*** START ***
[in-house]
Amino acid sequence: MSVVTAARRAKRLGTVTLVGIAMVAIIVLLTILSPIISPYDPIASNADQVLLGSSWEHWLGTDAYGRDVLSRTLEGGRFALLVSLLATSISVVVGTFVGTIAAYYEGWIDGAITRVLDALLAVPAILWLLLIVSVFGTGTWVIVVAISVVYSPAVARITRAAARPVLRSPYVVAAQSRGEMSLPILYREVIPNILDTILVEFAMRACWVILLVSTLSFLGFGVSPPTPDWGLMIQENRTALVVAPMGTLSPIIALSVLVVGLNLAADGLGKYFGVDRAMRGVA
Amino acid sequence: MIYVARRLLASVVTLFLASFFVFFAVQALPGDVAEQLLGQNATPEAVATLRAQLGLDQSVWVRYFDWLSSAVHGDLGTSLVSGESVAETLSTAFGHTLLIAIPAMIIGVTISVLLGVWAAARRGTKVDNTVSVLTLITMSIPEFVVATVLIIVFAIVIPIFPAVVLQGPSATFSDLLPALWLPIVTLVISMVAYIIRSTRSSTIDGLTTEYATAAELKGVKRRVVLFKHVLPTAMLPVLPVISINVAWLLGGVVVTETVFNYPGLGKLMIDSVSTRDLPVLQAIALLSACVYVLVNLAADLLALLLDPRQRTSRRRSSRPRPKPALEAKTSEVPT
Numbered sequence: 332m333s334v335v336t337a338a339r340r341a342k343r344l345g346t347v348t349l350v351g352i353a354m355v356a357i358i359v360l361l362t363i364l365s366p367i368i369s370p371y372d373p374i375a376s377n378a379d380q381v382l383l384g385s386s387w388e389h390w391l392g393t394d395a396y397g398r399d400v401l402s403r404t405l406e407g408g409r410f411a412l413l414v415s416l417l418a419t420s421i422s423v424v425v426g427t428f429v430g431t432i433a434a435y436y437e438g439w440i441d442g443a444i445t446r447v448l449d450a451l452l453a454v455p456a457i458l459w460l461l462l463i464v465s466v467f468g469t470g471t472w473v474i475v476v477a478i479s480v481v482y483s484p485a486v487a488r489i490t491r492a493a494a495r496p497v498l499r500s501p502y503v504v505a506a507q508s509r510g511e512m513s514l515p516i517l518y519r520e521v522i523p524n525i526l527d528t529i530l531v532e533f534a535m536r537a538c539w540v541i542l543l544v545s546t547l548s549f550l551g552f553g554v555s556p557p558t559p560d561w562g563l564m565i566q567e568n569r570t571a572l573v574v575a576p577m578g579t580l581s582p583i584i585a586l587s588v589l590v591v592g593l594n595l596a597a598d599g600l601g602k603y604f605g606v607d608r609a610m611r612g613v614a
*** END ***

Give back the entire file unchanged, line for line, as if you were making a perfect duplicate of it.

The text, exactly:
[in-house]
Amino acid sequence: MSVVTAARRAKRLGTVTLVGIAMVAIIVLLTILSPIISPYDPIASNADQVLLGSSWEHWLGTDAYGRDVLSRTLEGGRFALLVSLLATSISVVVGTFVGTIAAYYEGWIDGAITRVLDALLAVPAILWLLLIVSVFGTGTWVIVVAISVVYSPAVARITRAAARPVLRSPYVVAAQSRGEMSLPILYREVIPNILDTILVEFAMRACWVILLVSTLSFLGFGVSPPTPDWGLMIQENRTALVVAPMGTLSPIIALSVLVVGLNLAADGLGKYFGVDRAMRGVA
Amino acid sequence: MIYVARRLLASVVTLFLASFFVFFAVQALPGDVAEQLLGQNATPEAVATLRAQLGLDQSVWVRYFDWLSSAVHGDLGTSLVSGESVAETLSTAFGHTLLIAIPAMIIGVTISVLLGVWAAARRGTKVDNTVSVLTLITMSIPEFVVATVLIIVFAIVIPIFPAVVLQGPSATFSDLLPALWLPIVTLVISMVAYIIRSTRSSTIDGLTTEYATAAELKGVKRRVVLFKHVLPTAMLPVLPVISINVAWLLGGVVVTETVFNYPGLGKLMIDSVSTRDLPVLQAIALLSACVYVLVNLAADLLALLLDPRQRTSRRRSSRPRPKPALEAKTSEVPT
Numbered sequence: 332m333s334v335v336t337a338a339r340r341a342k343r344l345g346t347v348t349l350v351g352i353a354m355v356a357i358i359v360l361l362t363i364l365s366p367i368i369s370p371y372d373p374i375a376s377n378a379d380q381v382l383l384g385s386s387w388e389h390w391l392g393t394d395a396y397g398r399d400v401l402s403r404t405l406e407g408g409r410f411a412l413l414v415s416l417l418a419t420s421i422s423v424v425v426g427t428f429v430g431t432i433a434a435y436y437e438g439w440i441d442g443a444i445t446r447v448l449d450a451l452l453a454v455p456a457i458l459w460l461l462l463i464v465s466v467f468g469t470g471t472w473v474i475v476v477a478i479s480v481v482y483s484p485a486v487a488r489i490t491r492a493a494a495r496p497v498l499r500s501p502y503v504v505a506a507q508s509r510g511e512m513s514l515p516i517l518y519r520e521v522i523p524n525i526l527d528t529i530l531v532e533f534a535m536r537a538c539w540v541i542l543l544v545s546t547l548s549f550l551g552f553g554v555s556p557p558t559p560d561w562g563l564m565i566q567e568n569r570t571a572l573v574v575a576p577m578g579t580l581s582p583i584i585a586l587s588v589l590v591v592g593l594n595l596a597a598d599g600l601g602k603y604f605g606v607d608r609a610m611r612g613v614a